James Webb Telescope’s Golden Mirror Wings Open for the Last Time on Earth

For the last time while it is on Earth, the world’s largest and most powerful space science telescope opened its iconic primary mirror. This event marked a key milestone in preparing the observatory for launch later this year.

As part of NASA’s James Webb Space Telescope’s final tests, the 6.5 meter (21 feet 4 inch) mirror was commanded to fully expand and lock itself into place, just like it would in space. The conclusion of this test represents the team’s final checkpoint in a long series of tests designed to ensure Webb’s 18 hexagonal mirrors are prepared for a long journey in space, and a life of profound discovery. After this, all of Webb’s many movable parts will have confirmed in testing that they can perform their intended operations after being exposed to the expected launch environment.

This video shows the James Webb Space Telescope’s mirrors during their long string of tests, from individual segments to the final tests of the assembled mirror.
Credit: NASA’s Goddard Space Flight Center Michael P. Menzel (AIMM): Producer Michael McClare (KBRwyle): Lead Videographer Sophia Roberts (AIMM): Videographer Michael P. Menzel (AIMM): Video Editor

“The primary mirror is a technological marvel. The lightweight mirrors, coatings, actuators and mechanisms, electronics and thermal blankets when fully deployed form a single precise mirror that is truly remarkable,” said Lee Feinberg, optical telescope element manager for Webb at NASA’s Goddard Space Flight Center in Greenbelt, Maryland. “This is not just the final deployment test sequence that the team has pulled off to prepare Webb for a life in space, but it means when we finish, that the primary mirror will be locked in place for launch. It’s humbling to think about the hundreds of dedicated people across the entire country who worked so hard to design and build the primary mirror, and now to know launch is so close.”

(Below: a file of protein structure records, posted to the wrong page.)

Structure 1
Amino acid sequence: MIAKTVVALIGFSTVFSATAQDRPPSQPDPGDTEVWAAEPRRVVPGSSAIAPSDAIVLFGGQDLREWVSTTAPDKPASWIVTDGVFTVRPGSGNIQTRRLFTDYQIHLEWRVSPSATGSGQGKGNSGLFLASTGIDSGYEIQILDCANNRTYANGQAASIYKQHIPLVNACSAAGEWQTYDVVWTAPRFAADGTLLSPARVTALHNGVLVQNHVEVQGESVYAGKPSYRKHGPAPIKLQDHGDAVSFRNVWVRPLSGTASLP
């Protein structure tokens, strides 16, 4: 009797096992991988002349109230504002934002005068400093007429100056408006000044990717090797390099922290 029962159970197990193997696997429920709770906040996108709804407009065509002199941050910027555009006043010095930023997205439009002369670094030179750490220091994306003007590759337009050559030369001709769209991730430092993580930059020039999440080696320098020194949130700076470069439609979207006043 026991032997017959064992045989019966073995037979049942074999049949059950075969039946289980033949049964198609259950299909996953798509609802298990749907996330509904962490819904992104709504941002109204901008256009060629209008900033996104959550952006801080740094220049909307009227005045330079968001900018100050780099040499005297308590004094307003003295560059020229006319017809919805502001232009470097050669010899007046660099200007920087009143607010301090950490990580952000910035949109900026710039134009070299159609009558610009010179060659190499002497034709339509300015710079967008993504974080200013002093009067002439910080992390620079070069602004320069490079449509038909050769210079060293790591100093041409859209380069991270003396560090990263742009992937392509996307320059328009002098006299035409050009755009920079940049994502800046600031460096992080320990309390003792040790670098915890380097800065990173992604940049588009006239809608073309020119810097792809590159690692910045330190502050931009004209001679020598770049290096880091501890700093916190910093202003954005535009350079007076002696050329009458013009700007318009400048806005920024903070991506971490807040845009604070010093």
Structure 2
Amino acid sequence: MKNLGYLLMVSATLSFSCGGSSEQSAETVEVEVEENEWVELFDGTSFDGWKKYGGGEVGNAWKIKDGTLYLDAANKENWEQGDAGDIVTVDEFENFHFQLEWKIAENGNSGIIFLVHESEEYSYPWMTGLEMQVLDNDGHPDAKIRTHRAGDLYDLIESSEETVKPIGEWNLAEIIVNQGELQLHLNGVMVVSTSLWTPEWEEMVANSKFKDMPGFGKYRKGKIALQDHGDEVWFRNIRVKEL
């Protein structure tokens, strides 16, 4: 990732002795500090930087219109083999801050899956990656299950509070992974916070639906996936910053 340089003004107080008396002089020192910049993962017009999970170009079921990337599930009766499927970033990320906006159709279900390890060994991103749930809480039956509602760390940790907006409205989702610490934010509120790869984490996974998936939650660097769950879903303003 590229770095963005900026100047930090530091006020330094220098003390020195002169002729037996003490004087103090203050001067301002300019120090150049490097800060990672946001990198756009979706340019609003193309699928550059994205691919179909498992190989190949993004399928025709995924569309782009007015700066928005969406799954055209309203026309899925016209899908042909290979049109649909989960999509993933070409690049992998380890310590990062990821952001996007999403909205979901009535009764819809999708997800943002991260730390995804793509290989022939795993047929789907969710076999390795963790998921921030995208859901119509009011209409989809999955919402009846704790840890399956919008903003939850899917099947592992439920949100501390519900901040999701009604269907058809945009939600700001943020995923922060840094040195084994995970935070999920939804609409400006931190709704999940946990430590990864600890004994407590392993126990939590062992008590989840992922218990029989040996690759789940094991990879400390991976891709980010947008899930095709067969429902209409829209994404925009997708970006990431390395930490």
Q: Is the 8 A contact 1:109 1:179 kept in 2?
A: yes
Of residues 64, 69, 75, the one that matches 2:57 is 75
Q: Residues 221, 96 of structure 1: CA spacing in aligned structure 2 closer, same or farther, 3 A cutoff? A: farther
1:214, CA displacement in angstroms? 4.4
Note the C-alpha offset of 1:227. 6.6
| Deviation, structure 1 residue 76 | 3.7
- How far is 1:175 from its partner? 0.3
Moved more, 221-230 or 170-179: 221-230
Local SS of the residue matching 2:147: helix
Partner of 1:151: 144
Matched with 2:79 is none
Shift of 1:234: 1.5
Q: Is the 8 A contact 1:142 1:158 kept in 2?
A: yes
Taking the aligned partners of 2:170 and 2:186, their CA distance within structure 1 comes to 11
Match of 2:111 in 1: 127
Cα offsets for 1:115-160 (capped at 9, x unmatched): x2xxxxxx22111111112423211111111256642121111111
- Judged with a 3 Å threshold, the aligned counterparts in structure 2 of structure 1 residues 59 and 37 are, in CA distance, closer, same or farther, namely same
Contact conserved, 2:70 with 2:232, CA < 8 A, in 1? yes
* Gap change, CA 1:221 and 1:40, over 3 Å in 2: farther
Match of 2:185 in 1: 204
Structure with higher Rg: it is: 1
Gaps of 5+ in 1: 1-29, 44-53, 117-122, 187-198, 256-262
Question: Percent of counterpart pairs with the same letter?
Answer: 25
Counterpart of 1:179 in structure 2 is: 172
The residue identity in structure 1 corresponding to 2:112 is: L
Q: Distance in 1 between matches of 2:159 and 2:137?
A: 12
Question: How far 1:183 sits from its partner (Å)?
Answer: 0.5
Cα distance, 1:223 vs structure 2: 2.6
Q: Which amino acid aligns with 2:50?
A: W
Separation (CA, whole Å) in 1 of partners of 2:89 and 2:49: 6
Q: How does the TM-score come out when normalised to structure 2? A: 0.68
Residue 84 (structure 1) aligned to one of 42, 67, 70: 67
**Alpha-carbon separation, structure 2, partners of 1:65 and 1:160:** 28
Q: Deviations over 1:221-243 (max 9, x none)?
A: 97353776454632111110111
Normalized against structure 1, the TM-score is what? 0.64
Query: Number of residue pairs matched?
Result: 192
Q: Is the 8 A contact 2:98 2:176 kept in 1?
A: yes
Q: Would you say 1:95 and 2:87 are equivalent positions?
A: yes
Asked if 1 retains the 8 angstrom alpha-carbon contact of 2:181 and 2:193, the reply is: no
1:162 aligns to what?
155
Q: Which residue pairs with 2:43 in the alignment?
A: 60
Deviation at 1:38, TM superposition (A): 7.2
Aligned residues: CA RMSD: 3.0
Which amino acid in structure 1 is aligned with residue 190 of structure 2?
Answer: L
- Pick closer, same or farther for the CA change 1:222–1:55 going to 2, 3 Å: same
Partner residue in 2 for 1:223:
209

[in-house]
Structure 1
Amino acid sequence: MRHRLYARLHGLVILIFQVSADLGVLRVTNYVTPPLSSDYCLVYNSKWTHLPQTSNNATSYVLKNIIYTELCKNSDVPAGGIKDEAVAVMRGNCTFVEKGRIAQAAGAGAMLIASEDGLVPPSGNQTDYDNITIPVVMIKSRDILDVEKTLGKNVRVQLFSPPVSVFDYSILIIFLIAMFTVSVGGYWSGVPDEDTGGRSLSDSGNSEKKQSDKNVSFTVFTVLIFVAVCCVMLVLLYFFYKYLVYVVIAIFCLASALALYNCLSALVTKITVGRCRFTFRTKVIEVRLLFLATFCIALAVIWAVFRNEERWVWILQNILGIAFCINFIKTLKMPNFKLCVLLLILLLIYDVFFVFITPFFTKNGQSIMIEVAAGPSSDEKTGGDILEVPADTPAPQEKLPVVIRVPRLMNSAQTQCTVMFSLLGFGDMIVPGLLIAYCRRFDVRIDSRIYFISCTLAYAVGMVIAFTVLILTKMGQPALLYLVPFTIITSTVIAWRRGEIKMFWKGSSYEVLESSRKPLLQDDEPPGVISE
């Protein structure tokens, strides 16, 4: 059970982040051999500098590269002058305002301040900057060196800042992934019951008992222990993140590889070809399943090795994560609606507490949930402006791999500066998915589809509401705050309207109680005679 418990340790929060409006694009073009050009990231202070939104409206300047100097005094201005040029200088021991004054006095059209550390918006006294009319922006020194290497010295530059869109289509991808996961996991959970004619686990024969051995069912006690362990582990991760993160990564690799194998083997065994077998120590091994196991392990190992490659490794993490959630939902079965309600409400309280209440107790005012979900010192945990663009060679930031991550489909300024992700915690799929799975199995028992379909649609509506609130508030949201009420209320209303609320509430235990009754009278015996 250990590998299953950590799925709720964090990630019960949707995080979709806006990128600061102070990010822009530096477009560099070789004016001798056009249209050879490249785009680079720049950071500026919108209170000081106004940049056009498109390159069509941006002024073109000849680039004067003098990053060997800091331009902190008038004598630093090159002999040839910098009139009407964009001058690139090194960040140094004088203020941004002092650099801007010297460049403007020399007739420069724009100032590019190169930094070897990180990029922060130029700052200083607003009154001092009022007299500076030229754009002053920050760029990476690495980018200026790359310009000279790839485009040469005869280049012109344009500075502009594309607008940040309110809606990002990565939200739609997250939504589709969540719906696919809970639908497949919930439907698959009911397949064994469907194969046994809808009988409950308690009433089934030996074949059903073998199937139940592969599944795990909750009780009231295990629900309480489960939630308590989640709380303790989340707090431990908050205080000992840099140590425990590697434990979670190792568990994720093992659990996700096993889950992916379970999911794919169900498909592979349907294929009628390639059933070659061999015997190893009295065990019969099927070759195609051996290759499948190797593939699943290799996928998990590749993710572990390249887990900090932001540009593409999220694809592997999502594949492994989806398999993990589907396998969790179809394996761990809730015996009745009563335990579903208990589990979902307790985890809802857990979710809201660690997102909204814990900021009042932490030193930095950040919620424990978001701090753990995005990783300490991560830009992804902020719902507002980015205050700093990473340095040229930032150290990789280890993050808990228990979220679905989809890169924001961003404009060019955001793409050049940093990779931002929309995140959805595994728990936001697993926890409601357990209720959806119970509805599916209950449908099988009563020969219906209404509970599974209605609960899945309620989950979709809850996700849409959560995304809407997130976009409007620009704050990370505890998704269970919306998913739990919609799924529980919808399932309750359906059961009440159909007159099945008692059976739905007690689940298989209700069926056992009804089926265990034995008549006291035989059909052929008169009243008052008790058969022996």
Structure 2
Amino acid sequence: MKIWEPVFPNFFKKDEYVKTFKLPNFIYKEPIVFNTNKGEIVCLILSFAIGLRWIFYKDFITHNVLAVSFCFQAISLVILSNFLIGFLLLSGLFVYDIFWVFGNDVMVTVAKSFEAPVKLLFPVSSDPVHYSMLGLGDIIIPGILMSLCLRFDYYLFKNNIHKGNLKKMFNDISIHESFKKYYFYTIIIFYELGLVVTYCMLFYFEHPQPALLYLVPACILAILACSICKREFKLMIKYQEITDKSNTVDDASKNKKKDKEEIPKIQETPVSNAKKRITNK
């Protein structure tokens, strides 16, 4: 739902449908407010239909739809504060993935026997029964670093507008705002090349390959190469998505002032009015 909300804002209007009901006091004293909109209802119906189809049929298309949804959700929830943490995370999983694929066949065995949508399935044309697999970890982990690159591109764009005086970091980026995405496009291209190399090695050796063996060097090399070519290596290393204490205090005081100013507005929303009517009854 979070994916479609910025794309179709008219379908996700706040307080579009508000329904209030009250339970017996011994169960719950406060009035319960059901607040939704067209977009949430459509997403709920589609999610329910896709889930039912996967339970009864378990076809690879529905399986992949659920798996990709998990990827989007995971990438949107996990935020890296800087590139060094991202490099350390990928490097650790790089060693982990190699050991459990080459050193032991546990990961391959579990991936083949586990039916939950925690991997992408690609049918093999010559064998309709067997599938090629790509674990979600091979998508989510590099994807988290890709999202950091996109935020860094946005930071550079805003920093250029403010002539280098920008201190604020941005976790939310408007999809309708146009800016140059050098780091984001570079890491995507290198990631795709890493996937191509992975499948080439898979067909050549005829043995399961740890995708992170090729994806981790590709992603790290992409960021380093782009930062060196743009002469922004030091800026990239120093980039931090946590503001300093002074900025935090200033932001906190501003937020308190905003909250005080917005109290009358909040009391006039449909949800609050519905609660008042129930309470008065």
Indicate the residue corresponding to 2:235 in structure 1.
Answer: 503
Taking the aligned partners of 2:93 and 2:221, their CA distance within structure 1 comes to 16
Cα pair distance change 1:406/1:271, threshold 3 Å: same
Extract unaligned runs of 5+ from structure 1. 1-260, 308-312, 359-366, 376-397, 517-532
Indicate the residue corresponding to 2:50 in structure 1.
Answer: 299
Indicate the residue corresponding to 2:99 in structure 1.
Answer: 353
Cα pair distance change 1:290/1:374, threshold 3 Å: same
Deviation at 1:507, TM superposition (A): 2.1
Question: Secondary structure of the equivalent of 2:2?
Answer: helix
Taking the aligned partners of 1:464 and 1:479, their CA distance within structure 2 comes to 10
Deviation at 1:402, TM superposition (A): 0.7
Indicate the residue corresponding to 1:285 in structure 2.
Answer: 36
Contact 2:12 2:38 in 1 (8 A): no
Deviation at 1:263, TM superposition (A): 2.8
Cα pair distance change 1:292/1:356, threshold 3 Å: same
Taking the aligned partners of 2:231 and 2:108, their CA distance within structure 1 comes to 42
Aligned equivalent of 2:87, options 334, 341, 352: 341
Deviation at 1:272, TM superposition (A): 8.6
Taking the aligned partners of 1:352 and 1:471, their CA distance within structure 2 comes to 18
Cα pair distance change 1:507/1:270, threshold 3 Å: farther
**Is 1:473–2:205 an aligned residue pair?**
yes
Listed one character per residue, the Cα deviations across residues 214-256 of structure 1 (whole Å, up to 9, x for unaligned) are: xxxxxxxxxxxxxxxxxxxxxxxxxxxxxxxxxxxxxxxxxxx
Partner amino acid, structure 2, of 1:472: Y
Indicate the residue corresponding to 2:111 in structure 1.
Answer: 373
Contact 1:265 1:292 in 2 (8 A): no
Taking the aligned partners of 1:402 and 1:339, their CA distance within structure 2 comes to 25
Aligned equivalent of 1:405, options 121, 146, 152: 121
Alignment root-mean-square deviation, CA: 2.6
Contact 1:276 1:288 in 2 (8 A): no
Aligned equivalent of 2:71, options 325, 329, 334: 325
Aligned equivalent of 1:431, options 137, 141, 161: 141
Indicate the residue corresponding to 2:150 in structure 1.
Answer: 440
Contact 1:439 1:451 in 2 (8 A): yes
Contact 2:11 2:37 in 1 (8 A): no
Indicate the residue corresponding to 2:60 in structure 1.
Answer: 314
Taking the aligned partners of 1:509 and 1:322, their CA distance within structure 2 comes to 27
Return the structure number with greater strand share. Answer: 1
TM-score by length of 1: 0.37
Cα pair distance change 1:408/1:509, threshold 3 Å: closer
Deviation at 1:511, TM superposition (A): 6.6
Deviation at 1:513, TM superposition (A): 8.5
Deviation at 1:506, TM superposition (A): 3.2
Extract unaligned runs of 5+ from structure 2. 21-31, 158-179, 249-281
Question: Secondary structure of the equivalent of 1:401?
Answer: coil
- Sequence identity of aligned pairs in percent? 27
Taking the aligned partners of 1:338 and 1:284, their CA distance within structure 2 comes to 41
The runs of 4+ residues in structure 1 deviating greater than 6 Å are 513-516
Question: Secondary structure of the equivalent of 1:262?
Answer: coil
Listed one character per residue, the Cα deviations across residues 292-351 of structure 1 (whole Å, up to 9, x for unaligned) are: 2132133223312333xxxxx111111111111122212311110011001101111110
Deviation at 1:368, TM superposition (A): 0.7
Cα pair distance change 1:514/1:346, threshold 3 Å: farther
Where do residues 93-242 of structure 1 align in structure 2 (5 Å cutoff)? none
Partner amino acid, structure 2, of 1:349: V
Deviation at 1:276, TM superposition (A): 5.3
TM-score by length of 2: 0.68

Making the testing conditions close to what Webb will experience in space helps to ensure the observatory is fully prepared for its science mission one million miles away from Earth.

Commands to unlatch and deploy the side panels of the mirror were relayed from Webb’s testing control room at Northrop Grumman, in Redondo Beach, California. The software instructions sent, and the mechanisms that operated are the same as those used in space. Special gravity offsetting equipment was attached to Webb to simulate the zero-gravity environment in which its complex mechanisms will operate. All of the final thermal blanketing and innovative shielding designed to protect its mirrors and instruments from interference were in place during testing.

To observe objects in the distant cosmos, and to do science that’s never been done before, Webb’s mirror needs to be so large that it cannot fit inside any rocket available in its fully extended form. Like a piece of origami artwork, Webb contains many movable parts that have been specifically designed to fold themselves to a compact formation that is considerably smaller than when the observatory is fully deployed. This allows it to just barely fit inside a 16-foot (5-meter) rocket fairing, with little room to spare.

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